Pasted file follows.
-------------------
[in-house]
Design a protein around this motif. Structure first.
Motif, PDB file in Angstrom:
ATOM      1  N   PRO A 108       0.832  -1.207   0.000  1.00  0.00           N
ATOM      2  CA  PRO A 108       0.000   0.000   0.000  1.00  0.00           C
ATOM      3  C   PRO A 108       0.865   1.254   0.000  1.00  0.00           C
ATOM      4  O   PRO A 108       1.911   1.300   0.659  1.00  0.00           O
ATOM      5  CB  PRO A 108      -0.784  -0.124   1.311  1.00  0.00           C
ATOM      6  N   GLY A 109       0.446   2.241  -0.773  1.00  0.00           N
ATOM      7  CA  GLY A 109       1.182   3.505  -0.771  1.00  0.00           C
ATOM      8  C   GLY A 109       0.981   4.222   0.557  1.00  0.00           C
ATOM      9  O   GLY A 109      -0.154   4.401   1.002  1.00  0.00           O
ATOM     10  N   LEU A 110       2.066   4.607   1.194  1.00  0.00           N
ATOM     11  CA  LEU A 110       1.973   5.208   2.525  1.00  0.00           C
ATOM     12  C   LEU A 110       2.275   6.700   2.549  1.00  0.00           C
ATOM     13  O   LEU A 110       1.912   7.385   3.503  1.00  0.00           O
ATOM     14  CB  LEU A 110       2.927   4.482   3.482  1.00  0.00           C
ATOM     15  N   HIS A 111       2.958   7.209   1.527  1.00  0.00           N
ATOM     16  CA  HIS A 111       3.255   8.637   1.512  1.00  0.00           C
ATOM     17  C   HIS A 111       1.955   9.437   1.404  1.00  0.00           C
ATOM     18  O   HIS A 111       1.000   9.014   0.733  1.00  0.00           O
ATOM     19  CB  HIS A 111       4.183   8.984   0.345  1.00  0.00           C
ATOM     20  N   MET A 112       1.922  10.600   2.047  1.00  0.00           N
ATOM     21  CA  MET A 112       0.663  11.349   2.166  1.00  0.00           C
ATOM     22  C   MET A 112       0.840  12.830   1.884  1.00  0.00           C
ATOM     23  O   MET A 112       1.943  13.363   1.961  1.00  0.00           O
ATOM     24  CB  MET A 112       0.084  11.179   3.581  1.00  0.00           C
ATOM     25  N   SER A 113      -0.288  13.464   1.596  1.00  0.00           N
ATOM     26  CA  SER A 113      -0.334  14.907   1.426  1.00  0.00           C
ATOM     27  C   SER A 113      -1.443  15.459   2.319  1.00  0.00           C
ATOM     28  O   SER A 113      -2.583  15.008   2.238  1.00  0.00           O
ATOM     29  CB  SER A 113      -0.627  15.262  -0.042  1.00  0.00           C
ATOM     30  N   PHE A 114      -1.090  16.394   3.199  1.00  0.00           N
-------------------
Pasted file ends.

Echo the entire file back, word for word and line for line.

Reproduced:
[in-house]
Design a protein around this motif. Structure first.
Motif, PDB file in Angstrom:
ATOM      1  N   PRO A 108       0.832  -1.207   0.000  1.00  0.00           N
ATOM      2  CA  PRO A 108       0.000   0.000   0.000  1.00  0.00           C
ATOM      3  C   PRO A 108       0.865   1.254   0.000  1.00  0.00           C
ATOM      4  O   PRO A 108       1.911   1.300   0.659  1.00  0.00           O
ATOM      5  CB  PRO A 108      -0.784  -0.124   1.311  1.00  0.00           C
ATOM      6  N   GLY A 109       0.446   2.241  -0.773  1.00  0.00           N
ATOM      7  CA  GLY A 109       1.182   3.505  -0.771  1.00  0.00           C
ATOM      8  C   GLY A 109       0.981   4.222   0.557  1.00  0.00           C
ATOM      9  O   GLY A 109      -0.154   4.401   1.002  1.00  0.00           O
ATOM     10  N   LEU A 110       2.066   4.607   1.194  1.00  0.00           N
ATOM     11  CA  LEU A 110       1.973   5.208   2.525  1.00  0.00           C
ATOM     12  C   LEU A 110       2.275   6.700   2.549  1.00  0.00           C
ATOM     13  O   LEU A 110       1.912   7.385   3.503  1.00  0.00           O
ATOM     14  CB  LEU A 110       2.927   4.482   3.482  1.00  0.00           C
ATOM     15  N   HIS A 111       2.958   7.209   1.527  1.00  0.00           N
ATOM     16  CA  HIS A 111       3.255   8.637   1.512  1.00  0.00           C
ATOM     17  C   HIS A 111       1.955   9.437   1.404  1.00  0.00           C
ATOM     18  O   HIS A 111       1.000   9.014   0.733  1.00  0.00           O
ATOM     19  CB  HIS A 111       4.183   8.984   0.345  1.00  0.00           C
ATOM     20  N   MET A 112       1.922  10.600   2.047  1.00  0.00           N
ATOM     21  CA  MET A 112       0.663  11.349   2.166  1.00  0.00           C
ATOM     22  C   MET A 112       0.840  12.830   1.884  1.00  0.00           C
ATOM     23  O   MET A 112       1.943  13.363   1.961  1.00  0.00           O
ATOM     24  CB  MET A 112       0.084  11.179   3.581  1.00  0.00           C
ATOM     25  N   SER A 113      -0.288  13.464   1.596  1.00  0.00           N
ATOM     26  CA  SER A 113      -0.334  14.907   1.426  1.00  0.00           C
ATOM     27  C   SER A 113      -1.443  15.459   2.319  1.00  0.00           C
ATOM     28  O   SER A 113      -2.583  15.008   2.238  1.00  0.00           O
ATOM     29  CB  SER A 113      -0.627  15.262  -0.042  1.00  0.00           C
ATOM     30  N   PHE A 114      -1.090  16.394   3.199  1.00  0.00           N